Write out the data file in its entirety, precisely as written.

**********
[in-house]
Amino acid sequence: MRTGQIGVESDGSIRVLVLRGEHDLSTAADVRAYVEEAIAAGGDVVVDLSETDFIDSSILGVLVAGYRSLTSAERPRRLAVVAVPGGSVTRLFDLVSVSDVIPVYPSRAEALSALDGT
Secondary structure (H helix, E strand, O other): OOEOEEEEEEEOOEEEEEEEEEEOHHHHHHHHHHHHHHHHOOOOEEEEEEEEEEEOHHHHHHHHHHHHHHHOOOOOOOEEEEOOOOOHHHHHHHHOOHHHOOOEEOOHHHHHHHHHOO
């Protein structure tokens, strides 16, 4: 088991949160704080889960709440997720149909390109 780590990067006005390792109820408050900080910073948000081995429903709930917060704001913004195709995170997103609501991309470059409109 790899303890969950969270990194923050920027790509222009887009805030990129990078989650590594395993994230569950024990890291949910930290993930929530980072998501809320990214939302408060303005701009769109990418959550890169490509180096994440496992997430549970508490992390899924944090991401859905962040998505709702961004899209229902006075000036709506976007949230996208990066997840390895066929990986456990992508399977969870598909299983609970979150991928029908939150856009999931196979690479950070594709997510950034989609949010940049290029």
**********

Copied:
[in-house]
Amino acid sequence: MRTGQIGVESDGSIRVLVLRGEHDLSTAADVRAYVEEAIAAGGDVVVDLSETDFIDSSILGVLVAGYRSLTSAERPRRLAVVAVPGGSVTRLFDLVSVSDVIPVYPSRAEALSALDGT
Secondary structure (H helix, E strand, O other): OOEOEEEEEEEOOEEEEEEEEEEOHHHHHHHHHHHHHHHHOOOOEEEEEEEEEEEOHHHHHHHHHHHHHHHOOOOOOOEEEEOOOOOHHHHHHHHOOHHHOOOEEOOHHHHHHHHHOO
């Protein structure tokens, strides 16, 4: 088991949160704080889960709440997720149909390109 780590990067006005390792109820408050900080910073948000081995429903709930917060704001913004195709995170997103609501991309470059409109 790899303890969950969270990194923050920027790509222009887009805030990129990078989650590594395993994230569950024990890291949910930290993930929530980072998501809320990214939302408060303005701009769109990418959550890169490509180096994440496992997430549970508490992390899924944090991401859905962040998505709702961004899209229902006075000036709506976007949230996208990066997840390895066929990986456990992508399977969870598909299983609970979150991928029908939150856009999931196979690479950070594709997510950034989609949010940049290029």